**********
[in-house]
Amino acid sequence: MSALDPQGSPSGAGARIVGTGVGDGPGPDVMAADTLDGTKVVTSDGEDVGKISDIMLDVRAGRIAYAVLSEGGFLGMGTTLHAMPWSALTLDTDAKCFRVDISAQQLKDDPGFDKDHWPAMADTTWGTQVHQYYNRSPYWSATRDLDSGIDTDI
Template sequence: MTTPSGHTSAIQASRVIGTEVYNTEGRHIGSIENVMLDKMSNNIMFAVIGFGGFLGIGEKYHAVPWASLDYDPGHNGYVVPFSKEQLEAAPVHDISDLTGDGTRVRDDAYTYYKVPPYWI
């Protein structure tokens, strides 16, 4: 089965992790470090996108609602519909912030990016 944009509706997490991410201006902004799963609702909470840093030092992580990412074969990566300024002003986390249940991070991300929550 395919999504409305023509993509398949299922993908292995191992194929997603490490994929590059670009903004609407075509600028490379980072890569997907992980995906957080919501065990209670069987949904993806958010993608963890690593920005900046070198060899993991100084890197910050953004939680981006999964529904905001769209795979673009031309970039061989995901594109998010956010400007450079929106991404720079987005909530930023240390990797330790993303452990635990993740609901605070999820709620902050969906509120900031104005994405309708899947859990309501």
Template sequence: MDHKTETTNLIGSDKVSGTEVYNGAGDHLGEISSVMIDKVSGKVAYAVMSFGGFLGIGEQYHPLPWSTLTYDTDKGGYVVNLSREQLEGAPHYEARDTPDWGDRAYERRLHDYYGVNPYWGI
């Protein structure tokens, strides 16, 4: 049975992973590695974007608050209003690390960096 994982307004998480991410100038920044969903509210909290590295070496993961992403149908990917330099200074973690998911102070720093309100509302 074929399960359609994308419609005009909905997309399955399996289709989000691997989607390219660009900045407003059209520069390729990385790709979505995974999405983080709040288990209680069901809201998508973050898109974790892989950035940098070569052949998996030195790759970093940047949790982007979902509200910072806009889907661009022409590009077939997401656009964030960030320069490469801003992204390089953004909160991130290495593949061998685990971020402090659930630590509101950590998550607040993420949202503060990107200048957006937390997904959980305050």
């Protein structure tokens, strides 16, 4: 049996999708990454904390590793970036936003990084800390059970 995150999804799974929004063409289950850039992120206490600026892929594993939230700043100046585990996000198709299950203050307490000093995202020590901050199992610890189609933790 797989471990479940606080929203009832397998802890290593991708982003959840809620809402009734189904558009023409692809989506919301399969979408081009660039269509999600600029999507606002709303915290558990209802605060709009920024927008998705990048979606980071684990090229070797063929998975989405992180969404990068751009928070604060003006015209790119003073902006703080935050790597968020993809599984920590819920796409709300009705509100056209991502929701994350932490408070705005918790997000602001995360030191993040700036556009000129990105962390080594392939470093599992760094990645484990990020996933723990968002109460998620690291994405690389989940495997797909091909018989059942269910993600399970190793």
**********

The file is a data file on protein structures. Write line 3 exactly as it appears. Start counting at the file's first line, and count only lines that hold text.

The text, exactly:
Template sequence: MTTPSGHTSAIQASRVIGTEVYNTEGRHIGSIENVMLDKMSNNIMFAVIGFGGFLGIGEKYHAVPWASLDYDPGHNGYVVPFSKEQLEAAPVHDISDLTGDGTRVRDDAYTYYKVPPYWI